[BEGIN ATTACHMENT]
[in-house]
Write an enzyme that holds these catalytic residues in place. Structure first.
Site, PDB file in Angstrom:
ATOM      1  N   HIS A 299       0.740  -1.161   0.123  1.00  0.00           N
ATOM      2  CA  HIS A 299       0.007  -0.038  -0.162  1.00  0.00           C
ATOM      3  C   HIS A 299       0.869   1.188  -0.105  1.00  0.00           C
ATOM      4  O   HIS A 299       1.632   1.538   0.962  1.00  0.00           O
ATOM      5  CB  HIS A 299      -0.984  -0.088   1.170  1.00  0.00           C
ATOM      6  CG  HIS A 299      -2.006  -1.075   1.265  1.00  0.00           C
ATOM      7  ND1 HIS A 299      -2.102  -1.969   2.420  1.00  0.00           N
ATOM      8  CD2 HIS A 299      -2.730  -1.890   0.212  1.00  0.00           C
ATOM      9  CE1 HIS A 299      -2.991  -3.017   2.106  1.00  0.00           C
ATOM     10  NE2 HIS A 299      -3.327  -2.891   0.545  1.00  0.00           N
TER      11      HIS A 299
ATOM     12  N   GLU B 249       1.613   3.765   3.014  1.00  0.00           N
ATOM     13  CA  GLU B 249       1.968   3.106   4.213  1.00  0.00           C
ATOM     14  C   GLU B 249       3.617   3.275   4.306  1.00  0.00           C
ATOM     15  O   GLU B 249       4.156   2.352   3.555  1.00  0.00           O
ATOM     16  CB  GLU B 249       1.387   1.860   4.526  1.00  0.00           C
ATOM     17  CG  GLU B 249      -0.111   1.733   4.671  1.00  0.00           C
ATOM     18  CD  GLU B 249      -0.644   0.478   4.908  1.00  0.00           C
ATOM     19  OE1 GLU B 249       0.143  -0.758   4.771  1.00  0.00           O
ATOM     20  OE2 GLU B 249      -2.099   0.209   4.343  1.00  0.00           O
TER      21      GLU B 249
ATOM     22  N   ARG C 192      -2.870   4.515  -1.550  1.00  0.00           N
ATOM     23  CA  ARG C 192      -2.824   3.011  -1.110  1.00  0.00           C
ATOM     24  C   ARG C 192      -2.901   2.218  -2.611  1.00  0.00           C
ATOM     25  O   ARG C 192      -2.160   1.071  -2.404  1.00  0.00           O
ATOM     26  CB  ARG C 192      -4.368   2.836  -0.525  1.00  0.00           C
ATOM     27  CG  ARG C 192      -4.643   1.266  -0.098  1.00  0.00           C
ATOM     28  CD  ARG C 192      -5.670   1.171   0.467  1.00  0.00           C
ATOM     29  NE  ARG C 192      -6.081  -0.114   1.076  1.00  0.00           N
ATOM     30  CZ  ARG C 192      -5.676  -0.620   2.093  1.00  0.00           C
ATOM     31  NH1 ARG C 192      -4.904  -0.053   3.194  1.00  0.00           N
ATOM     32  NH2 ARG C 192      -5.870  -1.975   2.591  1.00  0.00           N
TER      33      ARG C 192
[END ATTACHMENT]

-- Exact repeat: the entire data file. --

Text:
[in-house]
Write an enzyme that holds these catalytic residues in place. Structure first.
Site, PDB file in Angstrom:
ATOM      1  N   HIS A 299       0.740  -1.161   0.123  1.00  0.00           N
ATOM      2  CA  HIS A 299       0.007  -0.038  -0.162  1.00  0.00           C
ATOM      3  C   HIS A 299       0.869   1.188  -0.105  1.00  0.00           C
ATOM      4  O   HIS A 299       1.632   1.538   0.962  1.00  0.00           O
ATOM      5  CB  HIS A 299      -0.984  -0.088   1.170  1.00  0.00           C
ATOM      6  CG  HIS A 299      -2.006  -1.075   1.265  1.00  0.00           C
ATOM      7  ND1 HIS A 299      -2.102  -1.969   2.420  1.00  0.00           N
ATOM      8  CD2 HIS A 299      -2.730  -1.890   0.212  1.00  0.00           C
ATOM      9  CE1 HIS A 299      -2.991  -3.017   2.106  1.00  0.00           C
ATOM     10  NE2 HIS A 299      -3.327  -2.891   0.545  1.00  0.00           N
TER      11      HIS A 299
ATOM     12  N   GLU B 249       1.613   3.765   3.014  1.00  0.00           N
ATOM     13  CA  GLU B 249       1.968   3.106   4.213  1.00  0.00           C
ATOM     14  C   GLU B 249       3.617   3.275   4.306  1.00  0.00           C
ATOM     15  O   GLU B 249       4.156   2.352   3.555  1.00  0.00           O
ATOM     16  CB  GLU B 249       1.387   1.860   4.526  1.00  0.00           C
ATOM     17  CG  GLU B 249      -0.111   1.733   4.671  1.00  0.00           C
ATOM     18  CD  GLU B 249      -0.644   0.478   4.908  1.00  0.00           C
ATOM     19  OE1 GLU B 249       0.143  -0.758   4.771  1.00  0.00           O
ATOM     20  OE2 GLU B 249      -2.099   0.209   4.343  1.00  0.00           O
TER      21      GLU B 249
ATOM     22  N   ARG C 192      -2.870   4.515  -1.550  1.00  0.00           N
ATOM     23  CA  ARG C 192      -2.824   3.011  -1.110  1.00  0.00           C
ATOM     24  C   ARG C 192      -2.901   2.218  -2.611  1.00  0.00           C
ATOM     25  O   ARG C 192      -2.160   1.071  -2.404  1.00  0.00           O
ATOM     26  CB  ARG C 192      -4.368   2.836  -0.525  1.00  0.00           C
ATOM     27  CG  ARG C 192      -4.643   1.266  -0.098  1.00  0.00           C
ATOM     28  CD  ARG C 192      -5.670   1.171   0.467  1.00  0.00           C
ATOM     29  NE  ARG C 192      -6.081  -0.114   1.076  1.00  0.00           N
ATOM     30  CZ  ARG C 192      -5.676  -0.620   2.093  1.00  0.00           C
ATOM     31  NH1 ARG C 192      -4.904  -0.053   3.194  1.00  0.00           N
ATOM     32  NH2 ARG C 192      -5.870  -1.975   2.591  1.00  0.00           N
TER      33      ARG C 192